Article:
It felt like summer was slipping away. My friends Shay Har-Noy and Luke Stefurak had been up to the face the previous weekend, trying to scoop “my” line, but luckily (for me) they failed, climbing a detached tower that led nowhere and which they called the Unstoppable Tango Tower. With some idea of where not to go, I found a willing partner. Ben Cohen had never been in the High Sierra, never climbed an alpine route, never been to 14,000', and never simul-climbed, but I knew he’d be solid.
Our route starts at the base of the sweeping arête that curves down from the summit, to the right of Rest and be Thankful. Four vertical pitches, including a wide crack, zig-zagging through blocky towers, and a hand crack through a small roof, lead to the arête’s most prominent feature, a huge horizontal jog. Easy climbing along the arête soon leads to a huge open book, which we climbed directly, with a tricky face exit to the left. A few more pitches of easy fifth lead to the summit. We topped out on September 6 and descended the northeast couloir straight to our base camp.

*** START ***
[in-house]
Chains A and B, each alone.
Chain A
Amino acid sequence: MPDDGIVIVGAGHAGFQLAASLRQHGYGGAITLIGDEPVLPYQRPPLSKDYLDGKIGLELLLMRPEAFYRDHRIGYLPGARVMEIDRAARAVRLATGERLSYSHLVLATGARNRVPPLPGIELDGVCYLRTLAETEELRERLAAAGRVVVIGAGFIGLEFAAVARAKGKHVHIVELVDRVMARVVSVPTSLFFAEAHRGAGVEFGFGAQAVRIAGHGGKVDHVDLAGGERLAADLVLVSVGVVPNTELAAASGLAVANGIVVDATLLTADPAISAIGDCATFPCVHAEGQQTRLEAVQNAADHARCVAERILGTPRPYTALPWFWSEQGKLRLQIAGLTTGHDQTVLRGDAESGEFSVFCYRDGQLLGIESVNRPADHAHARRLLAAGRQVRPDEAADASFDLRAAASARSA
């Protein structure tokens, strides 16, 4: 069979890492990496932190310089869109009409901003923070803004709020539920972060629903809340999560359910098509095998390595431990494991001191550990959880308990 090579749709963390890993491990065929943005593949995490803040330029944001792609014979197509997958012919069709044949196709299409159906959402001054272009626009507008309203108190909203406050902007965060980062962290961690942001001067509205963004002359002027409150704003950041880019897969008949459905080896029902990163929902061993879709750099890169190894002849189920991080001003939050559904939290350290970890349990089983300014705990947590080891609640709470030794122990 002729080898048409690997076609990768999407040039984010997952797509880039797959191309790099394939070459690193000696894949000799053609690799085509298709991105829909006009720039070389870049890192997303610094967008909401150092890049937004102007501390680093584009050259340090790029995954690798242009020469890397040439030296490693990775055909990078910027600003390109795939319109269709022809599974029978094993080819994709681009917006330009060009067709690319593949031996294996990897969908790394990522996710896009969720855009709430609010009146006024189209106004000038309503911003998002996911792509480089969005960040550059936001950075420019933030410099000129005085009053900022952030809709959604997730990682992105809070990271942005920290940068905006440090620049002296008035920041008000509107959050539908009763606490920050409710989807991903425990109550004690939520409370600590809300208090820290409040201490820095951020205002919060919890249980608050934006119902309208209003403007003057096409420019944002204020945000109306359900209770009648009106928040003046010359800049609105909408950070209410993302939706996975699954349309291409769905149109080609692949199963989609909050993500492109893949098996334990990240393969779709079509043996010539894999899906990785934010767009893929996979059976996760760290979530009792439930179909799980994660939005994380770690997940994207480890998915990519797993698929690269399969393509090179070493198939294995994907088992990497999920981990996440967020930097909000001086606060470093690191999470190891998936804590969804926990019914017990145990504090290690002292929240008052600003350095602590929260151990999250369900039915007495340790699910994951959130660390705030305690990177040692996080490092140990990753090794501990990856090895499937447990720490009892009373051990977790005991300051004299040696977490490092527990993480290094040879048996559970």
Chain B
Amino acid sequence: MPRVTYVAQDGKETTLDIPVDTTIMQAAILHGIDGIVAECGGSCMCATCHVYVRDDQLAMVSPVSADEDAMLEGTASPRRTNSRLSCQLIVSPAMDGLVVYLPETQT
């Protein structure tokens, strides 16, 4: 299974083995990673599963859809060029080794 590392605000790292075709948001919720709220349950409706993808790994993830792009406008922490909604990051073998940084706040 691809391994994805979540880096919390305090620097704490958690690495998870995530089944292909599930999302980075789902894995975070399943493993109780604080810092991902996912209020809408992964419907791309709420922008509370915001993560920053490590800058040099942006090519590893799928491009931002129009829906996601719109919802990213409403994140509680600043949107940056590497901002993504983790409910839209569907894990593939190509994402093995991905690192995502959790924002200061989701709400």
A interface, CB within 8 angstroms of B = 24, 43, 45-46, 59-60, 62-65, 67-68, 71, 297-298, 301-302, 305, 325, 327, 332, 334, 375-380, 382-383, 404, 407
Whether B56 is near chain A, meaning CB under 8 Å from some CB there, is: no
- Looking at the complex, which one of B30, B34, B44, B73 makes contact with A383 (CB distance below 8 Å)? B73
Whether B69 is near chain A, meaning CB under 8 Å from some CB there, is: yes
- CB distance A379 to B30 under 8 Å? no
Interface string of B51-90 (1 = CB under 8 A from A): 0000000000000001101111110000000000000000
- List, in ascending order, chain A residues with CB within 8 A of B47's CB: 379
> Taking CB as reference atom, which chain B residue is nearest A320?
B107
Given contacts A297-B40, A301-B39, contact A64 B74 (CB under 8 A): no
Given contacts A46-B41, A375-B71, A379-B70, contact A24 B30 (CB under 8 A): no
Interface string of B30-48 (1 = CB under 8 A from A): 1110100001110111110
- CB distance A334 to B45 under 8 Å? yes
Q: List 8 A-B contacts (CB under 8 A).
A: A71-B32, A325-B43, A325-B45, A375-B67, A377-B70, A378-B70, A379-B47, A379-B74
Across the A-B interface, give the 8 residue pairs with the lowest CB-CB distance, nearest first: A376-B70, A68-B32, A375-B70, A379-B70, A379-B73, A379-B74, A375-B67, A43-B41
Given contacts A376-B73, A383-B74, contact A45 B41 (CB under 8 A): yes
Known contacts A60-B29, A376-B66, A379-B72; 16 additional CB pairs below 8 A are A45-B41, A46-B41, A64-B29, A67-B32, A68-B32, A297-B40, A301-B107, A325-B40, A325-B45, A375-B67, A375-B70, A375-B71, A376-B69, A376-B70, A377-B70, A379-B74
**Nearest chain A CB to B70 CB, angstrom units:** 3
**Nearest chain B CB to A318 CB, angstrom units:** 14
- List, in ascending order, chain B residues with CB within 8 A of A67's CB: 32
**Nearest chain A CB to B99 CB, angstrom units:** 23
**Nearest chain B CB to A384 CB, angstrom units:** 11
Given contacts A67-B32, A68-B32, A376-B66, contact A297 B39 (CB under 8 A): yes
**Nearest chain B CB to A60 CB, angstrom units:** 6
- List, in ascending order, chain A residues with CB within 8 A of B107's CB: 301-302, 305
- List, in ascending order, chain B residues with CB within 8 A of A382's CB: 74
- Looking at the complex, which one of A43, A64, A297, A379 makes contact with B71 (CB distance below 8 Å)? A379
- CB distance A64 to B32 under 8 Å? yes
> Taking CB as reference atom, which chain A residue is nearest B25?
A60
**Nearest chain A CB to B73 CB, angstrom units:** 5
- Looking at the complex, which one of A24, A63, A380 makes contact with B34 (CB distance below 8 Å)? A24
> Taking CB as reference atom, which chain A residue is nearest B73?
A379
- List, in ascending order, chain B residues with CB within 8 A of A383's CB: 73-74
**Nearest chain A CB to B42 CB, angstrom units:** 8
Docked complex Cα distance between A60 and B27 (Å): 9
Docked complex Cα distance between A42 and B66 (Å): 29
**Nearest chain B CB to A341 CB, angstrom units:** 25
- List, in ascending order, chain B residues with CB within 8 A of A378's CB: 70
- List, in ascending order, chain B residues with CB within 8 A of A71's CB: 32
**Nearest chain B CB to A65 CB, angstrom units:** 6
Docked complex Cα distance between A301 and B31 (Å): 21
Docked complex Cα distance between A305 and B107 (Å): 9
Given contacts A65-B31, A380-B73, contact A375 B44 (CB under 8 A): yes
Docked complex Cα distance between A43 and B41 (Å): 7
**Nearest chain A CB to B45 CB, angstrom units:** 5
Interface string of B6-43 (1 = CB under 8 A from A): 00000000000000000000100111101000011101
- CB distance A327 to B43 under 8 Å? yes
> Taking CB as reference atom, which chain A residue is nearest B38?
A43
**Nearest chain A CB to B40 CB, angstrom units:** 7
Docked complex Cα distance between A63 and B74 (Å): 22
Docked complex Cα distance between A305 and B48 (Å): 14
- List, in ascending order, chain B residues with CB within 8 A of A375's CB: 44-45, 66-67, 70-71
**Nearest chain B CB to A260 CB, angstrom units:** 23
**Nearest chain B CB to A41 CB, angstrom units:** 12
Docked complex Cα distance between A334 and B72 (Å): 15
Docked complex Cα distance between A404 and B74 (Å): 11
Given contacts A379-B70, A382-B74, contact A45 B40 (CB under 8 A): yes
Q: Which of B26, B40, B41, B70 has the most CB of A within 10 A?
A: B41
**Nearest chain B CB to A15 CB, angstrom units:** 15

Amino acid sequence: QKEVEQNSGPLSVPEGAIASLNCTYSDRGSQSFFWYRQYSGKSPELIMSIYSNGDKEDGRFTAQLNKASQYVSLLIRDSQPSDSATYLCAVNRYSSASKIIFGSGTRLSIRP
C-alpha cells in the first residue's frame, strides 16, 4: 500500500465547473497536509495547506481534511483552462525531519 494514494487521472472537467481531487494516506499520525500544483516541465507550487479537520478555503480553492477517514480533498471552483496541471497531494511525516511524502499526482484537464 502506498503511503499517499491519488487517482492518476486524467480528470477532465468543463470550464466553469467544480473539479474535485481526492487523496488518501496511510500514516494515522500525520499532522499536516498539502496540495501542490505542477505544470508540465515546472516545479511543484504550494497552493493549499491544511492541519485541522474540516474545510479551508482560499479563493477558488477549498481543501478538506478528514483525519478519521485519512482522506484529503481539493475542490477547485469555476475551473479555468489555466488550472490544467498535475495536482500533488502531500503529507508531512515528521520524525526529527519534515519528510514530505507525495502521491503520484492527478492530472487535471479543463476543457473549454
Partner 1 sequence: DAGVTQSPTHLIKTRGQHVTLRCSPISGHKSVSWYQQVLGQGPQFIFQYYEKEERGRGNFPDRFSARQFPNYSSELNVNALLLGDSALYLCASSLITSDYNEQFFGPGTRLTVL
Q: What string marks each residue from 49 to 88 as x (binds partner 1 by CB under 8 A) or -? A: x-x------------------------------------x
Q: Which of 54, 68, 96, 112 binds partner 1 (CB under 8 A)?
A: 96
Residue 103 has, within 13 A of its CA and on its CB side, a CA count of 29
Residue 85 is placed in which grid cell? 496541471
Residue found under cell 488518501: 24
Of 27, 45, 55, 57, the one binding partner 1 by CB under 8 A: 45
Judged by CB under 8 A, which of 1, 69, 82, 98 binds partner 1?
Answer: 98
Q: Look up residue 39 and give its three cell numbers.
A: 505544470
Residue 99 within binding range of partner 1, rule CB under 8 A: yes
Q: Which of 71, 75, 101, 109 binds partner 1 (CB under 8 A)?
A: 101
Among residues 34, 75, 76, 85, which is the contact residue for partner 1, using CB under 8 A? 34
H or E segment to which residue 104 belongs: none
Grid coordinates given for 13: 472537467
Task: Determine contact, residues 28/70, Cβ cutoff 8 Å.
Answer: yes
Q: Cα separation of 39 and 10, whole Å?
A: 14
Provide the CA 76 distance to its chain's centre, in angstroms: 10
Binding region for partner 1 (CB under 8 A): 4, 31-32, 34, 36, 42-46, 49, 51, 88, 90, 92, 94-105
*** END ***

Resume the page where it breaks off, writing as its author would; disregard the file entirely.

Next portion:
We named the route Horizontal Thought Movement (5.8), a mash-up between a Franklin Merrell-Wolff book chapter and the big horizontal jog on the route.